Duane Locke, Doctor of Philosophy in English Renaissance literature, Professor Emeritus of the Humanities, was Poet in Residence at the University of Tampa for over 20 years. His work appears hundreds of journals (print and online) and numerous collections of his poetry have been published as well. He is also a painter and photographer.
His recreational activities are drinking wine, listening to old operas, and reading postmodern philosophy.
(Photo and Bio provided by Duane Locke.)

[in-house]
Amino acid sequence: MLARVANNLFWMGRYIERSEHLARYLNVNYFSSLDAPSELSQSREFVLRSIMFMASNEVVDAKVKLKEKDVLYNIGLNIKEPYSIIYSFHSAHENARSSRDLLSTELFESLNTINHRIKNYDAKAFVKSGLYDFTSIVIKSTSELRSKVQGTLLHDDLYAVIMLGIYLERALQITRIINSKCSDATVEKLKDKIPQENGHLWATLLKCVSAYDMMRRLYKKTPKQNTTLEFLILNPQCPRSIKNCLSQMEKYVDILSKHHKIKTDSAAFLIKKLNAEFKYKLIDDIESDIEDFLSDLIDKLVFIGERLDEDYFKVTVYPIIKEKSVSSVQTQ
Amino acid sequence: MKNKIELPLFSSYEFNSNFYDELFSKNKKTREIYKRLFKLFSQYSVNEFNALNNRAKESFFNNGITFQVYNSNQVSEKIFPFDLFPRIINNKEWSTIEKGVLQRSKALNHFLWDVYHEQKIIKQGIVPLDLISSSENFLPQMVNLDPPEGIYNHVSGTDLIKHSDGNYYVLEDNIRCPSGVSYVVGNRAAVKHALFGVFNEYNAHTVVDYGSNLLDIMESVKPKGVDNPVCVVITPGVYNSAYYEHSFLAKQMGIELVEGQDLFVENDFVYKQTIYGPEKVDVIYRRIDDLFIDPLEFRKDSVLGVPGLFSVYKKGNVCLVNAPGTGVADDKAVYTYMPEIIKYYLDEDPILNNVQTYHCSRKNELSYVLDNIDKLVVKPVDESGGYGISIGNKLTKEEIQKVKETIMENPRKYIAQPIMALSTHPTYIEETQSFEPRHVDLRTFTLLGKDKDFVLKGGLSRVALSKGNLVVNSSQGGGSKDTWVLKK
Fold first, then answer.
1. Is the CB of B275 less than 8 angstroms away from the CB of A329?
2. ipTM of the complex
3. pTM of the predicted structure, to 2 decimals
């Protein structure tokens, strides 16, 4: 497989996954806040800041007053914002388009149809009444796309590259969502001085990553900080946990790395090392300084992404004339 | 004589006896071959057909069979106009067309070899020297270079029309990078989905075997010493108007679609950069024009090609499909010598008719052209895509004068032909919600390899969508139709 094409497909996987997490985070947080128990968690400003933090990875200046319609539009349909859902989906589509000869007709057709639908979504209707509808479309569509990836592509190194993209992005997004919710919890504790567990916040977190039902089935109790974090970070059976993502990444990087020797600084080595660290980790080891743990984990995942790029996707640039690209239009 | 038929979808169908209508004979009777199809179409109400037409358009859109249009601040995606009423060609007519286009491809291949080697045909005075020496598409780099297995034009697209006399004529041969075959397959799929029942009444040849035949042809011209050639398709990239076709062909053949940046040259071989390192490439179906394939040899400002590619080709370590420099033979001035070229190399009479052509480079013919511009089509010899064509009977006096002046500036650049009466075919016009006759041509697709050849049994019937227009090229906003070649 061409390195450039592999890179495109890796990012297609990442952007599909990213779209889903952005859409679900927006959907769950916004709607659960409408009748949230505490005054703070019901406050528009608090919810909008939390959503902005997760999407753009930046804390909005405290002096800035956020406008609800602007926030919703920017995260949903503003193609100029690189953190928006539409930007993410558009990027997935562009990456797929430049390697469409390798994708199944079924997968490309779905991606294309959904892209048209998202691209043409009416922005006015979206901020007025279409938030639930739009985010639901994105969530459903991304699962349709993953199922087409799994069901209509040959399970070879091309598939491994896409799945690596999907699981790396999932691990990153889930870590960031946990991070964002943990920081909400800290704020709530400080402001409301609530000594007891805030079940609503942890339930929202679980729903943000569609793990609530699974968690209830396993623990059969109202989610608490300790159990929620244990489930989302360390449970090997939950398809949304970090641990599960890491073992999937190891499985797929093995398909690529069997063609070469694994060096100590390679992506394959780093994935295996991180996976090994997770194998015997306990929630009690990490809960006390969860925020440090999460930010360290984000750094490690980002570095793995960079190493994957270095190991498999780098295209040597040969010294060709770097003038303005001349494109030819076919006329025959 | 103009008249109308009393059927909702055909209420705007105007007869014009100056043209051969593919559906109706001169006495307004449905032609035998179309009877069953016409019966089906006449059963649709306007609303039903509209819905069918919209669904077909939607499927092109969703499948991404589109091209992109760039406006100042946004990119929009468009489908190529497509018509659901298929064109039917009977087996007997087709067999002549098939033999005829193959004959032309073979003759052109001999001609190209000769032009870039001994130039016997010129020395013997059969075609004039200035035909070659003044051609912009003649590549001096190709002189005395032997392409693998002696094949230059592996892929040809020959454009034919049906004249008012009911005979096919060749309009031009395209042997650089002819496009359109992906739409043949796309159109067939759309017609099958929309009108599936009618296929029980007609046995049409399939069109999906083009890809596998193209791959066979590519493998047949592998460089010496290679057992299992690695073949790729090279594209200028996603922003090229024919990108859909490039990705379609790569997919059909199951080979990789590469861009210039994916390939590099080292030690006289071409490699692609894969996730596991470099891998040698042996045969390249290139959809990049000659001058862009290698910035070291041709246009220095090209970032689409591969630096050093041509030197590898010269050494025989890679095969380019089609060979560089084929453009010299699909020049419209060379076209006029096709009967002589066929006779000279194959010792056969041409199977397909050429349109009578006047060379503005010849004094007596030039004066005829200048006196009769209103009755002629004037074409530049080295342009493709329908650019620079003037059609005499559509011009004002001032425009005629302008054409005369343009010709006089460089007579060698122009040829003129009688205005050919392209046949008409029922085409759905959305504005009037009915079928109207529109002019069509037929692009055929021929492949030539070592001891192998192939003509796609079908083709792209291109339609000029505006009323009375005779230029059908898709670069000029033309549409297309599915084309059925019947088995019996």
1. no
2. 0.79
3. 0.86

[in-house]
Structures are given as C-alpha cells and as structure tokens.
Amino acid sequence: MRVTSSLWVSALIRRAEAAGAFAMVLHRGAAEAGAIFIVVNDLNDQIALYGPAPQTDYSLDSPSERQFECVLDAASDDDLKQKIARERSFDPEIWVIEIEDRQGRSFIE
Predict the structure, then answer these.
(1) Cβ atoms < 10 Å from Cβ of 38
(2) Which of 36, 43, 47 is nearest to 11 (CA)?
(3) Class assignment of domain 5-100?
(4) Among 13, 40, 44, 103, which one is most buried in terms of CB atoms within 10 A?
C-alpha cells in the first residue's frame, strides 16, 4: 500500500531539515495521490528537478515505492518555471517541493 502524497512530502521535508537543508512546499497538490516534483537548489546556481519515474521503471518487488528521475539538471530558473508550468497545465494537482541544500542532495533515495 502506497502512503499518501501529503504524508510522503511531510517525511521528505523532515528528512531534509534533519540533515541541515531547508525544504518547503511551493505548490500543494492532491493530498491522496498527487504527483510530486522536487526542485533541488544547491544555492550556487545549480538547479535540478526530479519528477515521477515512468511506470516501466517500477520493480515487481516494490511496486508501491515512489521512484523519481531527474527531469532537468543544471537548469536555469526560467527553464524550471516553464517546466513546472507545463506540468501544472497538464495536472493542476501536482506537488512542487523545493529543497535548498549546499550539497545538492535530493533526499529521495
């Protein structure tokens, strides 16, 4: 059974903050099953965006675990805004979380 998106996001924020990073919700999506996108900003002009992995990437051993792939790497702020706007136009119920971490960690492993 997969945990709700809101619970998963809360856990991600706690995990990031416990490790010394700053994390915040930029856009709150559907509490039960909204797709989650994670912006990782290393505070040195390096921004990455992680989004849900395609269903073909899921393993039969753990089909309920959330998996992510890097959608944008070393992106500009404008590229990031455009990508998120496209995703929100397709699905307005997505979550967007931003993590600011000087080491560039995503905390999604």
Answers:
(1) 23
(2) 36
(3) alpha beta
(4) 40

Poetry by Duane LockeJANUARY POEMS, NO. 18 In a land of dry wells, No one could understand Why the water departed. Everyone stared down into the dry wells, Saw only white, wrinkled sand. Why did the water leave Was the question Creasing the forehead Of each silent questioner. The few that heard the answer, Became frantic, Went beserck, Ran wildly, trying to find A donkey to kiss, But all donkeys Had been chased away long ago. JANUARY POEMS, NO. 19 In a small German, White sausage town, A man wearing a forlorn hat Plays a hurdy-gurdy. He plays the hurdy-gurdy Because he is hungry. If he was offered food, He would refuse. If he were not hungry, He could not play the hurdy-gurdy. JANUARY POEMS, NO. 20 When Parmigianino painted St. Catherine, He stressed the beauty of her breasts, But Catherine selected the au courant hedonism Of being tortured on a wheel Rather than being touched by a lonely hand. JANUARY POEMS, NO. 21 In Rome's Panthenon, Metal doves fly Over Raphael's tomb, But Raphael's bones Cannot hear The flutter of the metal wings.. JANUARY POEMS, NO. 22 I always thought the ancients in error When the ancients portrayed Love As a young boy, a blind cupid, Who stood on a pedestal and shot arrows. Love should be portrayed As an old man with his face buried in his hands, Sitting naked and shivering alone in a cold room.